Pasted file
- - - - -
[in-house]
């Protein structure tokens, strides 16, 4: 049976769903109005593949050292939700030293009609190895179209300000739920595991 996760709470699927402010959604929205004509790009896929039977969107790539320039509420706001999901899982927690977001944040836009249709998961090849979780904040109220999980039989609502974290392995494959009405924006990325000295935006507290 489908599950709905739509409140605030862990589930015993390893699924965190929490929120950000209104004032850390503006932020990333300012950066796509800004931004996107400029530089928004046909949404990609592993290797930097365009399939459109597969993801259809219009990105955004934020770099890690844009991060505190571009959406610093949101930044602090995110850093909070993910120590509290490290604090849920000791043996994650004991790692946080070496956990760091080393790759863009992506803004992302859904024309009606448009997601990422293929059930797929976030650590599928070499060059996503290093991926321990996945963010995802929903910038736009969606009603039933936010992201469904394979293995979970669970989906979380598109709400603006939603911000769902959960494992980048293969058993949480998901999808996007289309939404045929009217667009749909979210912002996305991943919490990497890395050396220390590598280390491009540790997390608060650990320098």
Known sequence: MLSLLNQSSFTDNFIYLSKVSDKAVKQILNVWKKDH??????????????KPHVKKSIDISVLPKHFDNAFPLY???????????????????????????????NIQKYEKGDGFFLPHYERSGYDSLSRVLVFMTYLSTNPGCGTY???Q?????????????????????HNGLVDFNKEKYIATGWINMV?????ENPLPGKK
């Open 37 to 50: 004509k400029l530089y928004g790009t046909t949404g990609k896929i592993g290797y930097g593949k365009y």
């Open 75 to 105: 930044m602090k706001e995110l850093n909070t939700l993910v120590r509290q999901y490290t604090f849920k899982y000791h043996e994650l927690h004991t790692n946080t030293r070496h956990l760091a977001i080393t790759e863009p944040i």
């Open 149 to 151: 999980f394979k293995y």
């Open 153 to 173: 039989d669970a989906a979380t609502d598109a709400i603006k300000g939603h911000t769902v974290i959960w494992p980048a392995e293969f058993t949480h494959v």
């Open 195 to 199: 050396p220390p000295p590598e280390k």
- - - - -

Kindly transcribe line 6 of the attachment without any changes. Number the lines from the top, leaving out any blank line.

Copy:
């Open 149 to 151: 999980f394979k293995y």